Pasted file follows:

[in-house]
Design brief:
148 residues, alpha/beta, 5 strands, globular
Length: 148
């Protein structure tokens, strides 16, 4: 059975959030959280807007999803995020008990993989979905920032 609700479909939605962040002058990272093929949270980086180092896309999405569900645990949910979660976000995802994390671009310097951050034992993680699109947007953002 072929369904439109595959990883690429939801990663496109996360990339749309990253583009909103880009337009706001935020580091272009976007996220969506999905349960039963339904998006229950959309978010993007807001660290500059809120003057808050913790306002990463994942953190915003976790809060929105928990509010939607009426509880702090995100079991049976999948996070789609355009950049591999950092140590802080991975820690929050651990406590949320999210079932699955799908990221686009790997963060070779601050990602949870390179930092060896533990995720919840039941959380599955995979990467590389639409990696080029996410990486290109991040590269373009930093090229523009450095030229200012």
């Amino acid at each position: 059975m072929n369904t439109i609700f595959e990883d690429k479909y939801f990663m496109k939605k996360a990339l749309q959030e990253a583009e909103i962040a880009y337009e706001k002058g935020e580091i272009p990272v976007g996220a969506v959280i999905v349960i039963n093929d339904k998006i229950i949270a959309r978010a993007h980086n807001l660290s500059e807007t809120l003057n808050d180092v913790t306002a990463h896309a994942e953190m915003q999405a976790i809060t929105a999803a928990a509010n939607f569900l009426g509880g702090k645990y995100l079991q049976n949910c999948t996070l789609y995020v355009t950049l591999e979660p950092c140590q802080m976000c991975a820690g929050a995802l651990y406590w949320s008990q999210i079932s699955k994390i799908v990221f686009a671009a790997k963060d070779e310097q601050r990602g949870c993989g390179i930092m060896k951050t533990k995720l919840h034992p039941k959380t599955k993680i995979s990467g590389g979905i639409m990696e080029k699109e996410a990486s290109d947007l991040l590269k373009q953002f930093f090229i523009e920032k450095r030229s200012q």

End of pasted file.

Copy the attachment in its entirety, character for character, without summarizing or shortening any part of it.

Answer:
[in-house]
Design brief:
148 residues, alpha/beta, 5 strands, globular
Length: 148
């Protein structure tokens, strides 16, 4: 059975959030959280807007999803995020008990993989979905920032 609700479909939605962040002058990272093929949270980086180092896309999405569900645990949910979660976000995802994390671009310097951050034992993680699109947007953002 072929369904439109595959990883690429939801990663496109996360990339749309990253583009909103880009337009706001935020580091272009976007996220969506999905349960039963339904998006229950959309978010993007807001660290500059809120003057808050913790306002990463994942953190915003976790809060929105928990509010939607009426509880702090995100079991049976999948996070789609355009950049591999950092140590802080991975820690929050651990406590949320999210079932699955799908990221686009790997963060070779601050990602949870390179930092060896533990995720919840039941959380599955995979990467590389639409990696080029996410990486290109991040590269373009930093090229523009450095030229200012």
């Amino acid at each position: 059975m072929n369904t439109i609700f595959e990883d690429k479909y939801f990663m496109k939605k996360a990339l749309q959030e990253a583009e909103i962040a880009y337009e706001k002058g935020e580091i272009p990272v976007g996220a969506v959280i999905v349960i039963n093929d339904k998006i229950i949270a959309r978010a993007h980086n807001l660290s500059e807007t809120l003057n808050d180092v913790t306002a990463h896309a994942e953190m915003q999405a976790i809060t929105a999803a928990a509010n939607f569900l009426g509880g702090k645990y995100l079991q049976n949910c999948t996070l789609y995020v355009t950049l591999e979660p950092c140590q802080m976000c991975a820690g929050a995802l651990y406590w949320s008990q999210i079932s699955k994390i799908v990221f686009a671009a790997k963060d070779e310097q601050r990602g949870c993989g390179i930092m060896k951050t533990k995720l919840h034992p039941k959380t599955k993680i995979s990467g590389g979905i639409m990696e080029k699109e996410a990486s290109d947007l991040l590269k373009q953002f930093f090229i523009e920032k450095r030229s200012q």